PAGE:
Check the links in the lower right box for more detailed information about apple, pear, cherry and soft fruit rootstocks.
In a lot of cases you have a lot of choice here--- particularly with apples. For a lot of the other fruits, your choices are more limited. In any case, you need to determine how much level of "hands on" management you want to invest in your orchards. A general rule of thumb is that the more dwarfing the rootstock, then the more "management" you will have to invest. This does not always mean more time and labor, but it often means more attention to detail because you really can't afford to screw up as much in high intensity, full dwarf orchards as you can in semi-dwarf and standard root orchards.
For most stone fruits, you often have little choice in rootstock, since most fruit trees are grown on "standard" roots. The redeeming factor is that most stone fruits can be maintained at reasonable tree heights and limb spreads through good growing practices, especially pruning and fertilizing. One can even go to quite intense production in higher densities than are often used if you are a good manager. Most stone fruits can be planted in densities similar to semi-dwarf apples and pears.
Cherries are a new exception. With the advent of size controlling and precocity enhancing rootstocks like Gisela® 5, then the opportunity for "high density" and early production is practical. Other Gisela® rootstocks are less dwarfing, may only be slightly less precocious, and offer the opportunity to grow cherry orchards in densities similar to semi-dwarf apples. Standard rootstocks for cherries are probably on their way out for most varieties and systems, but will always have their place in certain situations.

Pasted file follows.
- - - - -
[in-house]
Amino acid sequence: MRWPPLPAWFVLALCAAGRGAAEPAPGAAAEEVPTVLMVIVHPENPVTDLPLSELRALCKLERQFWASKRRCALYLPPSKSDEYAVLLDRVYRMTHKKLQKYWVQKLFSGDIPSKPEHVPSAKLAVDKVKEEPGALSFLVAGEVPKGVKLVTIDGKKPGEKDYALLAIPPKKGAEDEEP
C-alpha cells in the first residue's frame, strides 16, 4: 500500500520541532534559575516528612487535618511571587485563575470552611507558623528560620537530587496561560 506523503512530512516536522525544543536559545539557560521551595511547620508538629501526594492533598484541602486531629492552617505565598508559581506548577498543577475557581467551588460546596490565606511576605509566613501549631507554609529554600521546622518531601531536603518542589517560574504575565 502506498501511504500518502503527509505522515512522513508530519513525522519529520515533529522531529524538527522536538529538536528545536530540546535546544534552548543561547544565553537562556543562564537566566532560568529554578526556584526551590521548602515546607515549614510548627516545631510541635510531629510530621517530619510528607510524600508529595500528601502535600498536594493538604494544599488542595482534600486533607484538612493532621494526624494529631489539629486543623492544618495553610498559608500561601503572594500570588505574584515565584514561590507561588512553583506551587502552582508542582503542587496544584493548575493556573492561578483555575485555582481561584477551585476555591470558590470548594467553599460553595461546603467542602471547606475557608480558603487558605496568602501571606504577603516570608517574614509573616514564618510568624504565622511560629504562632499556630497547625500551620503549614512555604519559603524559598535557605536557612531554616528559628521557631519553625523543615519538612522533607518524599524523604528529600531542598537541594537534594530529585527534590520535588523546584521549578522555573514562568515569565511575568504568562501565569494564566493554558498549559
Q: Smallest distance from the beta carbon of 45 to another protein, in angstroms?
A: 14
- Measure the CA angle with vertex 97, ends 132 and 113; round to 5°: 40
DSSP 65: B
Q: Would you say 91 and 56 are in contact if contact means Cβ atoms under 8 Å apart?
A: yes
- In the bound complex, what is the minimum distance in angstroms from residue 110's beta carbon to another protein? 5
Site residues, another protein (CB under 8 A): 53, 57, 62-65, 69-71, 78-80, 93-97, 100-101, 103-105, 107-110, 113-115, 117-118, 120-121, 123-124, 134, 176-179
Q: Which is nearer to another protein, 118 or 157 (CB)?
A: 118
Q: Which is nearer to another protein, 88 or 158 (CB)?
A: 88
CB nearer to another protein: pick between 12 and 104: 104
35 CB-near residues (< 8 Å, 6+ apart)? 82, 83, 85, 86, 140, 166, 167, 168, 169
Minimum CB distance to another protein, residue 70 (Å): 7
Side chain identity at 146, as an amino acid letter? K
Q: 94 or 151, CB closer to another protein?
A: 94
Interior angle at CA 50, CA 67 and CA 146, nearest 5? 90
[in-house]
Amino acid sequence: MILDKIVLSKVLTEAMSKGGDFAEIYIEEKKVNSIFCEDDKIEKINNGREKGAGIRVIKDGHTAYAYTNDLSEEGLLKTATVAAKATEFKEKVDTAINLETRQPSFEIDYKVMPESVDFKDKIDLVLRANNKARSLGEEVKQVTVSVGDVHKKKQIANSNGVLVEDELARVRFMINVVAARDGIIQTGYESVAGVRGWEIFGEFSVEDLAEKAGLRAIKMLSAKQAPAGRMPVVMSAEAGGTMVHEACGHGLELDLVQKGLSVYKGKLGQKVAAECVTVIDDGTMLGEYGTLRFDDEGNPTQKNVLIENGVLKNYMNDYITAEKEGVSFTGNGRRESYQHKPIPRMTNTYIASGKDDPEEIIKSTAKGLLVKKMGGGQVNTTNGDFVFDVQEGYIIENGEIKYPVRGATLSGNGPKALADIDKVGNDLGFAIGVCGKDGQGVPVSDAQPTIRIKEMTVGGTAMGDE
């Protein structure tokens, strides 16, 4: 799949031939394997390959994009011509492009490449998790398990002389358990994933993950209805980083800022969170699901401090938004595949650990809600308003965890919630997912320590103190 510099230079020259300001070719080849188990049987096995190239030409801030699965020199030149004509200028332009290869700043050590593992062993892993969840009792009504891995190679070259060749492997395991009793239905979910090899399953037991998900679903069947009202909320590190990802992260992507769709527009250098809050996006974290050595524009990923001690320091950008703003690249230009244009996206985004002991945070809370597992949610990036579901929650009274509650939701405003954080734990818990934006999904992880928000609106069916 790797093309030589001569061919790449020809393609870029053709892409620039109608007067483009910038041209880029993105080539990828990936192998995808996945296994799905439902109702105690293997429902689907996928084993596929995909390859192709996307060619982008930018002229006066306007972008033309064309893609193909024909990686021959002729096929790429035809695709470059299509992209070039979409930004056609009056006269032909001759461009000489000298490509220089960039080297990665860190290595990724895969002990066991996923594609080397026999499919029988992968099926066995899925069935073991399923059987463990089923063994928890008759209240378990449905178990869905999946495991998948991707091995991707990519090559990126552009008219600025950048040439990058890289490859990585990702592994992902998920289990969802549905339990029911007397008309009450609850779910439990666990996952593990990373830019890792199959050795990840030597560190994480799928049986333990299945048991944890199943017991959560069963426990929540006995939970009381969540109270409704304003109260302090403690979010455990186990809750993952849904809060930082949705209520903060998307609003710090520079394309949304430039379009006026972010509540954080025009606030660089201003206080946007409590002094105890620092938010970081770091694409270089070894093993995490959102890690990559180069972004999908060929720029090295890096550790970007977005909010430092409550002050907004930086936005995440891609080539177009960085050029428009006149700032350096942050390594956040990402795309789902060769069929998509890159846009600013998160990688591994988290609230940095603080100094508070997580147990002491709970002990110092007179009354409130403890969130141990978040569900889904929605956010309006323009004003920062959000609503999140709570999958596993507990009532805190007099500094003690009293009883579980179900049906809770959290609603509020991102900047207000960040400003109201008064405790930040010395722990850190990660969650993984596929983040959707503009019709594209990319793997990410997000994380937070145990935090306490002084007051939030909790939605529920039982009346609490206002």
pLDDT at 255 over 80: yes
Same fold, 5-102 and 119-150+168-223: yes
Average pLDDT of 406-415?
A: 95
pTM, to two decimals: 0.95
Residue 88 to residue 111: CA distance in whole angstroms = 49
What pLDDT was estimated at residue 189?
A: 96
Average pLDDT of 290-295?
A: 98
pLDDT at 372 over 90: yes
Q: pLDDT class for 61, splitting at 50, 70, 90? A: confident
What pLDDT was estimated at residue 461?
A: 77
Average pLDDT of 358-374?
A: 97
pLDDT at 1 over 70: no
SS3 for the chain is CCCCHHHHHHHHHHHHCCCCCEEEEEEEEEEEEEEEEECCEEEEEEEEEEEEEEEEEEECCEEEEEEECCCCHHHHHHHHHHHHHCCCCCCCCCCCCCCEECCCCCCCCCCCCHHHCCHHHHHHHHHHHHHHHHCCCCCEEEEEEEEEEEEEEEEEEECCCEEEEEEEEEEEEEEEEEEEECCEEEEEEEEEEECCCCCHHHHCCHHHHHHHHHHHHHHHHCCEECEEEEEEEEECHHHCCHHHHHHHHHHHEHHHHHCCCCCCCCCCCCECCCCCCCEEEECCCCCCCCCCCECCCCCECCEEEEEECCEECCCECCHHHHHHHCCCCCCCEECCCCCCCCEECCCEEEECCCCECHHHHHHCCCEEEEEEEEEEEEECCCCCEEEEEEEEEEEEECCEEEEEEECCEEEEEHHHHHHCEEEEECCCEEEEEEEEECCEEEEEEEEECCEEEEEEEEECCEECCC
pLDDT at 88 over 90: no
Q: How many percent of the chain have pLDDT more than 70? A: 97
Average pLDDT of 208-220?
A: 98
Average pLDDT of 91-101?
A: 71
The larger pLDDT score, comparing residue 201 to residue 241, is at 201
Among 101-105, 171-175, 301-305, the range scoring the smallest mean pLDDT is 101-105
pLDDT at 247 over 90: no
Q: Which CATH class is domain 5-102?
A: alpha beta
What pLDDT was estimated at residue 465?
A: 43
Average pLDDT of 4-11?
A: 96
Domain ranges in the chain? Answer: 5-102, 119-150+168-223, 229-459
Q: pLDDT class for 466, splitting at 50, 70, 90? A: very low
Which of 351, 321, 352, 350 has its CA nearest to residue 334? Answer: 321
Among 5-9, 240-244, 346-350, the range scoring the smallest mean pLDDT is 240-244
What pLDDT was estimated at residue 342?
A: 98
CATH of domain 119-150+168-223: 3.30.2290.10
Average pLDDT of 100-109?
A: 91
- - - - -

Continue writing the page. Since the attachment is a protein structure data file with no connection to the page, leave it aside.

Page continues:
Apples and Pears have good choices for rootstocks ranging from full dwarf (about 25-25% of the old standard, big apple tree of Grandpa's time) to Semi-Dwarf, (ranging from 40-75%) which many growers still like, to Semi-Standard (75-90%) which fewer growers continue to grow, although they definitely have their place in certain sites.
For the new fruit grower, who feels they have a steeper learning curve than most "newbies", I usually recommend semi-dwarf rootstocks for apples and pears, the ordinary standard rootstocks for most stone fruits, and the more "semi-dwarf" cherry rootstocks for cherry. This is because their management is less demanding, you have more opportunity to make "mistakes" without paying dearly for them and most can be planted in very similar planting densities, making equipment needs much less demanding and capital investment is moderate.
For the new grower, who feels they have more experience, or they feel a real need for "pedestrian orchards", high production, or who have committed themselves to being a real hands on manager, then rootstocks in the full to a little less than full-dwarf range can be good choices.